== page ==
In 1952, people lined up around blocks in major cities to witness some new, fresh and dramatic that had arrived at their local movie theaters.
After decades of viewing movies on traditional-sized theater screens, the wide screen format had arrived thanks to Fred Waller, a Brooklyn-born inventor and special effects artist working at Paramount Studios. Waller had devised a revolutionary wide-screen process that combined footage shot simultaneously using three cameras at separate angles. Projected together, they created a single, very wide image.
The photographic system used three interlocked 35 mm cameras equipped with 27 mm lenses, approximately the focal length of the human eye. Each camera photographed one third of the picture shooting in a crisscross pattern, the right camera shooting the left part of the image, the left camera shooting the right part of the image and the center camera shooting straight ahead. The three cameras were mounted as one unit, set at 48 degrees to each other. A single rotating shutter in front of the three lenses assured simultaneous exposure on each of the films. The three angled cameras photographed an image that was not only three times as wide as a standard film but covered 146 degrees of arc, close to the human field of vision, including peripheral vision. The image was photographed six sprocket holes high, rather than the usual four used in other 35 mm processes. The picture was photographed and projected at 26 frames per second rather than the usual 24.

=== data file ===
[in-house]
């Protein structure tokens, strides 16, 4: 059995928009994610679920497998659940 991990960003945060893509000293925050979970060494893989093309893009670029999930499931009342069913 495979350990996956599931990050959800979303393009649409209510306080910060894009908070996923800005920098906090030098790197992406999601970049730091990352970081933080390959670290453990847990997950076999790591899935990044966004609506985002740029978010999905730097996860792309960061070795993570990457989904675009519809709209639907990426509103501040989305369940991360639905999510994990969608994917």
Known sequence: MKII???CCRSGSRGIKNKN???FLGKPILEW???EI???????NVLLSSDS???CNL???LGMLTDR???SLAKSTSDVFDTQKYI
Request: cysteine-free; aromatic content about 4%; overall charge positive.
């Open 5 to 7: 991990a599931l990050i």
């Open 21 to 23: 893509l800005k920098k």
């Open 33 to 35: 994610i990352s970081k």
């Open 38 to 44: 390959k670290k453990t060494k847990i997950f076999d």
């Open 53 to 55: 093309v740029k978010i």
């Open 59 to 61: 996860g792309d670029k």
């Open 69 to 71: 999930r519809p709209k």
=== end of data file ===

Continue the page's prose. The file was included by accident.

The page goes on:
Although Waller was an innovator, his invention sat on the proverbial shelf for several years. Waller and his friend, Hazard "Buzz " Reeves, one of the country's top sound engineers with whom he had first worked at the Eastman Kodak exhibit at the 1939 World's Fair, shared it with journalist and broadcaster Lowell Thomas.
Thomas, with prominent film producer Mike Todd and, later, producer Merian C. Cooper, produced the first film to use this new process, a travelogue entitled "This is Cinerama," which opened at the Broadway Theater in New York on September 30, 1952. It was a huge event attended by numerous VIPs. It was even featured on the from page of the New York Times.
As audience members sat in the darkened theater, a black-and-white film began that featured traditional movie footage, followed by Lowell Thomas introducing the film. With his words, "This is Cinerama!" the curtains opened as Thomas image was replaced with dramatic wide screen point-of-view footage of a roller coaster, the Atom Smasher from Rockaway's Playland, ascending the tracks, launching a stunning, immersive audience experience.
View it here.
While the Cinerama experience was indeed remarkable, it was also very expensive to produce. Also, the image wasn't quite seamless, as there were visible lines where the three images joined. Still, it was a novel approach to entertainment that audiences enjoyed for a few years.
Only a few Cinerama films were made before the process gave way to other, newer (though less dramatic) widescreen formats like Cinemascope. Years later, the IMAX and Omnimax dome formats would take audience immersion to new levels.
If you'd like to know more about Cinerama, check out Dave Strohmaier's excellent documentary "Cinerama Adventure."